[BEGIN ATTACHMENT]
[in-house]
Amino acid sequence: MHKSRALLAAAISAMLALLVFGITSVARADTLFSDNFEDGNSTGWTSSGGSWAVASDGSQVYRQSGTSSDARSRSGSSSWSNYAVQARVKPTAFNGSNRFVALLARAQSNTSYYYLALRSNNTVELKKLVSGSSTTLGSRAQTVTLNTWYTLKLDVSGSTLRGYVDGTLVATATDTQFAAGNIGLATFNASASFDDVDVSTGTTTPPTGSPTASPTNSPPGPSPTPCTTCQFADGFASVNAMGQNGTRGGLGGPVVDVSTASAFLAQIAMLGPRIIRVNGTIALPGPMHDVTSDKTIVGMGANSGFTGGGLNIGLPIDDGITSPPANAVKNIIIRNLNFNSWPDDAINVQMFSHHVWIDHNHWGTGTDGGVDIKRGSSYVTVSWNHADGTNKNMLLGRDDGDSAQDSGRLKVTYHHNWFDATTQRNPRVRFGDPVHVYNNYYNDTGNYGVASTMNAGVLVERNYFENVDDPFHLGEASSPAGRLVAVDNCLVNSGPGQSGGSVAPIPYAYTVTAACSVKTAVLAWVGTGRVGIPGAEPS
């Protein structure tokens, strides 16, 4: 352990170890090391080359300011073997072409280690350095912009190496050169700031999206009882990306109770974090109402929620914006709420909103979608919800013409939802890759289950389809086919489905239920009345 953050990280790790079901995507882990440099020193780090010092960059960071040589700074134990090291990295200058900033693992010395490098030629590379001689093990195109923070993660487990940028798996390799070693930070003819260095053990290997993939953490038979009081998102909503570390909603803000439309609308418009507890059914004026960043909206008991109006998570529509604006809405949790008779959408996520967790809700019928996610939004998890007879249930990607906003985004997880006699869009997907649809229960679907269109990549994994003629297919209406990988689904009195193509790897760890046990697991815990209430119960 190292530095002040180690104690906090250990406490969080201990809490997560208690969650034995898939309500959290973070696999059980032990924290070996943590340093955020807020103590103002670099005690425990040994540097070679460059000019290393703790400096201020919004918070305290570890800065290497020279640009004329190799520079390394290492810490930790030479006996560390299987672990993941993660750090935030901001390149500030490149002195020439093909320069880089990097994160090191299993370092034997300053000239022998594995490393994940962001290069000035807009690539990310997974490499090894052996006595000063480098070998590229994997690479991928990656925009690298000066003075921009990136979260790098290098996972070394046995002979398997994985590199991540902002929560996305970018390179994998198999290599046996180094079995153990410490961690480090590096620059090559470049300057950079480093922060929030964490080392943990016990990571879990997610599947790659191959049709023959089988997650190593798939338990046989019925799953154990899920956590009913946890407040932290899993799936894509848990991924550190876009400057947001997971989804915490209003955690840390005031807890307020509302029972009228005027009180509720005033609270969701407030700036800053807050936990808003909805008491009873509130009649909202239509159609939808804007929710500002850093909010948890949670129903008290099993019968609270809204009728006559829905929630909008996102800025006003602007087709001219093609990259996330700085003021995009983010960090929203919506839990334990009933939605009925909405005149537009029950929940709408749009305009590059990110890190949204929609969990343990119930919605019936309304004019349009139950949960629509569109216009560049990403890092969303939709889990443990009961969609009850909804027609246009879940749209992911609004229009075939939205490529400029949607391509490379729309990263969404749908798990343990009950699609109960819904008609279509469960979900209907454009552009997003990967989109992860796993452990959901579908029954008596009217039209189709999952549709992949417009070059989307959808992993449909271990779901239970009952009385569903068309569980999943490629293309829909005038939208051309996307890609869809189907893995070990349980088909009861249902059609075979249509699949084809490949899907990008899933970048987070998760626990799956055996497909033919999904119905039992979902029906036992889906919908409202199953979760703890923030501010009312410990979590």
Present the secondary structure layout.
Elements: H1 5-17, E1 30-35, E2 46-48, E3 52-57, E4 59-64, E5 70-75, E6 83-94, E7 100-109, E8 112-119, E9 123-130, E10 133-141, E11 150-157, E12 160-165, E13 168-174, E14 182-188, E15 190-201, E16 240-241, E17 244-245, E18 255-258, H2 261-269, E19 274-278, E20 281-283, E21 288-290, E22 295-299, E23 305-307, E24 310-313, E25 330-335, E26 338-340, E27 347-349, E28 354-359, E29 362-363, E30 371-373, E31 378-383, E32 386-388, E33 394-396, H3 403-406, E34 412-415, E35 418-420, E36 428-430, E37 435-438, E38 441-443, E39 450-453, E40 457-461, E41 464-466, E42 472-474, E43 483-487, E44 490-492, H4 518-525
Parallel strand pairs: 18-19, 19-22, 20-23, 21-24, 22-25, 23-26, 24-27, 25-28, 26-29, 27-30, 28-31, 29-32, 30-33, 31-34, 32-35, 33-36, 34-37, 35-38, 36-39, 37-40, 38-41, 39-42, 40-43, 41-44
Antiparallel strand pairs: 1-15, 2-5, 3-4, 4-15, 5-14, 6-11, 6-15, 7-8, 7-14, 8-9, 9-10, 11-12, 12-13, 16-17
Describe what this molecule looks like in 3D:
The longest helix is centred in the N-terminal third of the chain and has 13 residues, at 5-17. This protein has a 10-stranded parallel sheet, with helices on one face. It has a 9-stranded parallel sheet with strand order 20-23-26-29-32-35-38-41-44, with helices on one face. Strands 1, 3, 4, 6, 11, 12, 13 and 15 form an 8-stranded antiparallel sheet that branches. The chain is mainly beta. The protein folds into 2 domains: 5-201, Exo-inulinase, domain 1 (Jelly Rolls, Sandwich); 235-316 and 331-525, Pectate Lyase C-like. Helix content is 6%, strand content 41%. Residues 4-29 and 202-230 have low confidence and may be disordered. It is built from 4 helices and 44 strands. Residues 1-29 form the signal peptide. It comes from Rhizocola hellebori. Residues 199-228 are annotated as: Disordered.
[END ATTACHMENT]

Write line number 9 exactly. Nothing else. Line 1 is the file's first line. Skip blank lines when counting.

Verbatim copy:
The longest helix is centred in the N-terminal third of the chain and has 13 residues, at 5-17. This protein has a 10-stranded parallel sheet, with helices on one face. It has a 9-stranded parallel sheet with strand order 20-23-26-29-32-35-38-41-44, with helices on one face. Strands 1, 3, 4, 6, 11, 12, 13 and 15 form an 8-stranded antiparallel sheet that branches. The chain is mainly beta. The protein folds into 2 domains: 5-201, Exo-inulinase, domain 1 (Jelly Rolls, Sandwich); 235-316 and 331-525, Pectate Lyase C-like. Helix content is 6%, strand content 41%. Residues 4-29 and 202-230 have low confidence and may be disordered. It is built from 4 helices and 44 strands. Residues 1-29 form the signal peptide. It comes from Rhizocola hellebori. Residues 199-228 are annotated as: Disordered.